1916 Tasting Notes
Snow, ice, wind chill advisories: another week requiring solid, sensible, stout black tea. This qualifies. Not quite as strong as my old faithful PG Tips; a little keemun in there to add a little perkiness to the dark base. Requires no special steeping attention—throw it in and go. That’s always a plus.
This nearly invincible builders’ tea is reserved especially for snowy and weathery days. (Thus a small tin gifted by ashmanra months and months ago is much like Elijah and the widow’s jar of flour. Good story. You should read it.) Steeped it strong and black, let it go cold on my desk till it was stronger and blacker, sloppily heated it back up in the microwave—still drinkable and kept me propped upright all day.
So this is what I get when I sleep in an extra hour. Wake up and somebody’s been messing around with the sock drawer—the socks are still there, just jumbled up :) I’m not as browser-setting-savvy as the rest of you, but at least for uh, those of us who are no longer 18, this is a bit easier to read through bifocals.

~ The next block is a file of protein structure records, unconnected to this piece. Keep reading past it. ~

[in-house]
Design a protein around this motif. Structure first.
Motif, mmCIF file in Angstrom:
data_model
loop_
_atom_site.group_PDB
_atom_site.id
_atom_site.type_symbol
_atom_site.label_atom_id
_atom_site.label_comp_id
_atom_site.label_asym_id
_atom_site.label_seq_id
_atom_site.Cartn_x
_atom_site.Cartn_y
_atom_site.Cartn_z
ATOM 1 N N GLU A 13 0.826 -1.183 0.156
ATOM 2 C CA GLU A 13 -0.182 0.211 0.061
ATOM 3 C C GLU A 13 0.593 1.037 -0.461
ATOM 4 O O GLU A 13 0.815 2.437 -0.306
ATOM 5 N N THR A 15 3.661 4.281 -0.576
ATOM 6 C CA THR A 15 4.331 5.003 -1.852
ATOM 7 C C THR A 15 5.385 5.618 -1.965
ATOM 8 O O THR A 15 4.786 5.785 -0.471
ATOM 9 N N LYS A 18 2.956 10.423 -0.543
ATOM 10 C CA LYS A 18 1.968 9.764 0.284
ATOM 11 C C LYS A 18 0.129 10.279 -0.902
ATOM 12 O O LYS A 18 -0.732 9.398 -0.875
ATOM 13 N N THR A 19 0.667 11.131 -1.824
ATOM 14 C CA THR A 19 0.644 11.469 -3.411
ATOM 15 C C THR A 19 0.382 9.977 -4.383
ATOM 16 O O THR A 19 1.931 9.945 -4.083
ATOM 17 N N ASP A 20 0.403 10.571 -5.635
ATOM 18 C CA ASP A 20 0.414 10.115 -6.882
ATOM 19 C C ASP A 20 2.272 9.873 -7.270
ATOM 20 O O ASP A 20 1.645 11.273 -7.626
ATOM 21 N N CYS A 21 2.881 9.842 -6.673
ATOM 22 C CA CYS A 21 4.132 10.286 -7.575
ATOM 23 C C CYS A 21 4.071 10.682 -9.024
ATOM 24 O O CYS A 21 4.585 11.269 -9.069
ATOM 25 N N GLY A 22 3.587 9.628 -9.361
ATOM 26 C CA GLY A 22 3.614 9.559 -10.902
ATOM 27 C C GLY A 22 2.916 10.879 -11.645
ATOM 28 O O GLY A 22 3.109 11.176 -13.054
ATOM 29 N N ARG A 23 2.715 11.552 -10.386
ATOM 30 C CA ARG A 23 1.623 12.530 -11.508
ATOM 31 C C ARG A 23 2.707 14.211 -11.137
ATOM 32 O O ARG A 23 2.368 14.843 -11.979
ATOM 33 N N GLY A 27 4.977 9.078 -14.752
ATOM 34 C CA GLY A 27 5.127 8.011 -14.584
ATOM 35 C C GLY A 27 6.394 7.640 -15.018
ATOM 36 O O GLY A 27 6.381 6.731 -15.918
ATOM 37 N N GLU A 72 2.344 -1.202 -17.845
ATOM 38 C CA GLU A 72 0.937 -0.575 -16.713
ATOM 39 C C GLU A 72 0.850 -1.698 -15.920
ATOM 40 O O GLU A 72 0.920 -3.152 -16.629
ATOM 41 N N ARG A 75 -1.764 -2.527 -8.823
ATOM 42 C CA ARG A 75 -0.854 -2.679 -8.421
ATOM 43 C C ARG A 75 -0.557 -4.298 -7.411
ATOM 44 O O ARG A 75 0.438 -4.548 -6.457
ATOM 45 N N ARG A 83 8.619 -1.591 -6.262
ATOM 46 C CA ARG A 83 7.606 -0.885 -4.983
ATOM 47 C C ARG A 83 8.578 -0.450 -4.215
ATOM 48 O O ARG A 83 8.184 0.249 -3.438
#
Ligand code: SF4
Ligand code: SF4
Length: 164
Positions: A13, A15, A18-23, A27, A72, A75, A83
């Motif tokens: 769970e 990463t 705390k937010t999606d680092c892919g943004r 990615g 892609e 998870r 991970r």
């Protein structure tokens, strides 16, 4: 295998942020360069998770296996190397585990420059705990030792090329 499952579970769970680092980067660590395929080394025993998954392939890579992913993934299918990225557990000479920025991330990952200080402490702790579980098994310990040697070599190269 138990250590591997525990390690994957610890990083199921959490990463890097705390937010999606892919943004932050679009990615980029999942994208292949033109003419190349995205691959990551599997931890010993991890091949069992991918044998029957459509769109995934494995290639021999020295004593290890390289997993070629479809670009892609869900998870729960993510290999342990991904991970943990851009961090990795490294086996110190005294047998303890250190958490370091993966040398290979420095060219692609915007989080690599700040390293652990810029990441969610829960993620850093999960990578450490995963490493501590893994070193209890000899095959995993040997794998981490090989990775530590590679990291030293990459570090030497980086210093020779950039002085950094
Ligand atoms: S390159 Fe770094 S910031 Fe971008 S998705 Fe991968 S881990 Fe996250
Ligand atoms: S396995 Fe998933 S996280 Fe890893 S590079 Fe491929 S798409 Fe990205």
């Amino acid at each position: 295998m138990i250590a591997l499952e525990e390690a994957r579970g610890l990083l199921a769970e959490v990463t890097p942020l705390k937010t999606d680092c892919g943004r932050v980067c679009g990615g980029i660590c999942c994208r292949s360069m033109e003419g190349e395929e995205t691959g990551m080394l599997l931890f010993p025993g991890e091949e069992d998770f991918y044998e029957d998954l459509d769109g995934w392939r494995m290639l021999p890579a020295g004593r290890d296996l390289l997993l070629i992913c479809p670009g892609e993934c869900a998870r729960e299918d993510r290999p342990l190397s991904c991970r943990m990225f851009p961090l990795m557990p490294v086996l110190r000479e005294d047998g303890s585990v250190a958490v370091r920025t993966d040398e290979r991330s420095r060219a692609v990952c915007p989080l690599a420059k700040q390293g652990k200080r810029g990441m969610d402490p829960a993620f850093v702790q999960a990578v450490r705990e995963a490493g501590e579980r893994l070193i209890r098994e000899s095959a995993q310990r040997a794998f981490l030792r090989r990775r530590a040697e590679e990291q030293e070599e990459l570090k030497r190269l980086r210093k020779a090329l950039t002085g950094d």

Wish I could tell you more about this cheerful and pleasant pu-erh. It’s one you want when you’re hungry for tea, so rich and thick and sweet—-but just enough mineral in the background you remember that it’s pu-erh, not pastry. If any of you frequent Mama Jean’s in Springfield MO, it’s available in bulk there, according to the friend who supplied this to me.
Big ol’ long leaves just like the picture; I am going to have to think about this one a lot. Steeps to a rich, deep red orange and has the essence of citrus and sweet spice. But not perky cinnamon-orangey. Deep, dark spice. Nutmeg, maybe.
For sure, it’ll change any preconceived notions you have about Ceylon teas!
Caramel sweetness, fresh-brushed horses, barnyard aroma (that’s a good thing for you city slickers)…yep, exactly as advertised, though the barny stuff isn’t very prominent until it cools some. I’d add “weathered leather” as well. Say that five times fast!
Another thumbs up for Single Origin!